"OH! YES! OH! YES!" says the video screen; the stuffed animals are pushing out balloons, and Wayne Coyne just smiles in his suit, the punk rocker who finally took acid, the cool dad no one really had, pumping a fake fist ("B-U-S-H"; the other said, "S-T-O-P") and telling everyone, "This is your last chance to sing along all night." Or, "If you don't know the words, just sing something; let the anger out!" (for "War Pigs" with Peaches). Or asking, "Should I get the bubble?" They were the only band that really filled up the stage, blowing up balloon after balloon where Lou Reed had deflated before, everybody backstage moving aside so little kids could see the crowd out front. It was goofy, and we're all too old for that kind of thing, but maybe we aren't, and it's dumb, but it was just fun to listen and look up at the lights. Guitars everywhere, and girls were beautiful, boys were beautiful, sound guys were beautiful—it was a song from a commercial, but fuck it. You couldn't see past the top of the stage, but the confetti lit up all across the field. (CZ)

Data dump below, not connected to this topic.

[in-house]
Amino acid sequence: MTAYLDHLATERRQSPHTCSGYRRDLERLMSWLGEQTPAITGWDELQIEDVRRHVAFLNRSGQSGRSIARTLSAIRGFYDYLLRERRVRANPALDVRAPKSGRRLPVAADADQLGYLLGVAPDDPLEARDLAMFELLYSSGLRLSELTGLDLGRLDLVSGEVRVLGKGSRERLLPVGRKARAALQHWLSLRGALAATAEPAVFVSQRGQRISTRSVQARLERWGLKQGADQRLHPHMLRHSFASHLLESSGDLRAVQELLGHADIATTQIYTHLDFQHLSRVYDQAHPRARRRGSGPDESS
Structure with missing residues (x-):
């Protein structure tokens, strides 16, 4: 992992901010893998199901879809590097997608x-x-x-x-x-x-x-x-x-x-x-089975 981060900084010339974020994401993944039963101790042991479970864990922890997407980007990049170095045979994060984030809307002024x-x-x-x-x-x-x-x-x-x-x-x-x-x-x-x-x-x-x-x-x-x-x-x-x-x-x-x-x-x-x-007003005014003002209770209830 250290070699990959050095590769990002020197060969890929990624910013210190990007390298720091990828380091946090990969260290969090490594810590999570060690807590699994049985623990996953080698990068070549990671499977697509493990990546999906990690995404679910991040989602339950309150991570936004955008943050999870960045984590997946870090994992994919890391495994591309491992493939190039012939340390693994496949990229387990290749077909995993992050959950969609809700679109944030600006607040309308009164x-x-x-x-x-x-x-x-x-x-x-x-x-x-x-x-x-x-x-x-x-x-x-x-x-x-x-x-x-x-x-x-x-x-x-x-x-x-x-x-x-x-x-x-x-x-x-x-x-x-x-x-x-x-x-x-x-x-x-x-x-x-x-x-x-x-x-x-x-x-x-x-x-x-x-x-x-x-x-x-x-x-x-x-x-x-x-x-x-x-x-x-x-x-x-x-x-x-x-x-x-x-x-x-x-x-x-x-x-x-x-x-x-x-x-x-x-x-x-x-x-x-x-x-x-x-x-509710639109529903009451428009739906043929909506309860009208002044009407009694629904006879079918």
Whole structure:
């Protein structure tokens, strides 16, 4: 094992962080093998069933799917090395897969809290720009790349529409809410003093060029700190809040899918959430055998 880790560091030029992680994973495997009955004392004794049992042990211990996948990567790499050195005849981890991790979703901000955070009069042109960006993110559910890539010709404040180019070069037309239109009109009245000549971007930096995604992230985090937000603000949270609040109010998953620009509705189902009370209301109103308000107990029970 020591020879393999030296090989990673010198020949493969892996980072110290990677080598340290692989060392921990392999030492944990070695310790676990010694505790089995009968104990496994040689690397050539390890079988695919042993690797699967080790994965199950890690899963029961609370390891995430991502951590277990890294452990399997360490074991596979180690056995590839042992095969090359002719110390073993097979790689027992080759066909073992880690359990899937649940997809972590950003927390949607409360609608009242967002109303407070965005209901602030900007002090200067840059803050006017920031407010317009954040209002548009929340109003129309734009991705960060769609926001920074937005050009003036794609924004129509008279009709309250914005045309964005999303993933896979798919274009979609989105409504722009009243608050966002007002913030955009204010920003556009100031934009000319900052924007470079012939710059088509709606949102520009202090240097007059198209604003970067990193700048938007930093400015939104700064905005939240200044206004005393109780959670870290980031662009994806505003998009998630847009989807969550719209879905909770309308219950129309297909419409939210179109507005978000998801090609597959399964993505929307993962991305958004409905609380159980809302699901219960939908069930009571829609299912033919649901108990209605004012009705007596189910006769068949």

OHNO, ALOE BLACC

DETROIT BAR, COSTA MESA

SATURDAY, NOV. 20

Right toward the end of the set came actually-from-OC Aloe Blacc (who had been happily hanging out in the crowd all night) to do his part for OhNo's "The Getaway," just like he does on the album. All the laid-back smoothness that makes the studio version stretch out and relax was torn up by the Detroit PA; even DJ Romes' clipped "Get-away/get-away-get-away" came out a little heavy. But Aloe and OhNo align well together, OhNo tipping out syllables ("Explosions and bruises and contusions/And everybody else useless and so damn clueless!") like a welter of ice cubes from a bucket and Aloe leaning forward for the chorus, putting a little sing-song into his voice to keep everything from tangling up ("All we got to do/Is getaway"). People kept slinking away-- "Every hip-hop show, they leave after four songs!" griped one fan—but OhNo and Co. didn't seem to notice or care, deploying a sorta-encore—"We aren't gonna leave you like that!" he said—apparently (and commendably) just for the sake of artistic fulfillment, since there were only about 12 people left and the girls were dancing with one another. (CZ)

THE BEAT FARMERS A.D.

COACH HOUSE, SAN JUAN CAPISTRANO

SATURDAY, DEC. 4